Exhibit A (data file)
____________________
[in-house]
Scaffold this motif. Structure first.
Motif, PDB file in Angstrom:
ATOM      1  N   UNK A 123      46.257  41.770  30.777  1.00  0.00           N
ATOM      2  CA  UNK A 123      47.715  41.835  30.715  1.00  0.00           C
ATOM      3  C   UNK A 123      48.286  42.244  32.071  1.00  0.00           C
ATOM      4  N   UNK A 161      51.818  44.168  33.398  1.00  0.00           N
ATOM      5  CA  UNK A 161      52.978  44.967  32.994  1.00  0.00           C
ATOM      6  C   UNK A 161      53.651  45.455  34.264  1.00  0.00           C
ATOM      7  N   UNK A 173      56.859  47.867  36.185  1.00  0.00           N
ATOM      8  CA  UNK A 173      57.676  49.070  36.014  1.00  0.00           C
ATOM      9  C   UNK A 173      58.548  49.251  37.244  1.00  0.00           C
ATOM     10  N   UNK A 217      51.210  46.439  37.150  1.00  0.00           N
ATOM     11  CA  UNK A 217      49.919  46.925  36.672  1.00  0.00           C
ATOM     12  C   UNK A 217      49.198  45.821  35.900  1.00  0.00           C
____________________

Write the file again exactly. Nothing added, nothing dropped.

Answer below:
[in-house]
Scaffold this motif. Structure first.
Motif, PDB file in Angstrom:
ATOM      1  N   UNK A 123      46.257  41.770  30.777  1.00  0.00           N
ATOM      2  CA  UNK A 123      47.715  41.835  30.715  1.00  0.00           C
ATOM      3  C   UNK A 123      48.286  42.244  32.071  1.00  0.00           C
ATOM      4  N   UNK A 161      51.818  44.168  33.398  1.00  0.00           N
ATOM      5  CA  UNK A 161      52.978  44.967  32.994  1.00  0.00           C
ATOM      6  C   UNK A 161      53.651  45.455  34.264  1.00  0.00           C
ATOM      7  N   UNK A 173      56.859  47.867  36.185  1.00  0.00           N
ATOM      8  CA  UNK A 173      57.676  49.070  36.014  1.00  0.00           C
ATOM      9  C   UNK A 173      58.548  49.251  37.244  1.00  0.00           C
ATOM     10  N   UNK A 217      51.210  46.439  37.150  1.00  0.00           N
ATOM     11  CA  UNK A 217      49.919  46.925  36.672  1.00  0.00           C
ATOM     12  C   UNK A 217      49.198  45.821  35.900  1.00  0.00           C